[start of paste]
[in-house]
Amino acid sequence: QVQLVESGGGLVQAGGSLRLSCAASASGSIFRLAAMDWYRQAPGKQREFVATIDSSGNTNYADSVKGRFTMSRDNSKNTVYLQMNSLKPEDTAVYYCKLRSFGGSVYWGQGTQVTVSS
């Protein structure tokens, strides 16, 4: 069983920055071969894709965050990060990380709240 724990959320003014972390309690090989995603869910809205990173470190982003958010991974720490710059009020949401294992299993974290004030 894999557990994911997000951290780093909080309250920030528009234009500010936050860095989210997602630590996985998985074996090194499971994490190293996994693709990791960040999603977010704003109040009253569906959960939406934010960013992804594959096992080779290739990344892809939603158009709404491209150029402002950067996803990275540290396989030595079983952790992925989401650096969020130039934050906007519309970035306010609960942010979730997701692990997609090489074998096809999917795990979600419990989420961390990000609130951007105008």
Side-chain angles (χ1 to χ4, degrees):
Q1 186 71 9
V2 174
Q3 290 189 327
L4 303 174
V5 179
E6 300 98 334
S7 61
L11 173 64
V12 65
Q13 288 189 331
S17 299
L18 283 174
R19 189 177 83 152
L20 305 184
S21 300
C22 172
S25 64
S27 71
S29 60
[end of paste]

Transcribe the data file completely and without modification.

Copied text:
[in-house]
Amino acid sequence: QVQLVESGGGLVQAGGSLRLSCAASASGSIFRLAAMDWYRQAPGKQREFVATIDSSGNTNYADSVKGRFTMSRDNSKNTVYLQMNSLKPEDTAVYYCKLRSFGGSVYWGQGTQVTVSS
């Protein structure tokens, strides 16, 4: 069983920055071969894709965050990060990380709240 724990959320003014972390309690090989995603869910809205990173470190982003958010991974720490710059009020949401294992299993974290004030 894999557990994911997000951290780093909080309250920030528009234009500010936050860095989210997602630590996985998985074996090194499971994490190293996994693709990791960040999603977010704003109040009253569906959960939406934010960013992804594959096992080779290739990344892809939603158009709404491209150029402002950067996803990275540290396989030595079983952790992925989401650096969020130039934050906007519309970035306010609960942010979730997701692990997609090489074998096809999917795990979600419990989420961390990000609130951007105008």
Side-chain angles (χ1 to χ4, degrees):
Q1 186 71 9
V2 174
Q3 290 189 327
L4 303 174
V5 179
E6 300 98 334
S7 61
L11 173 64
V12 65
Q13 288 189 331
S17 299
L18 283 174
R19 189 177 83 152
L20 305 184
S21 300
C22 172
S25 64
S27 71
S29 60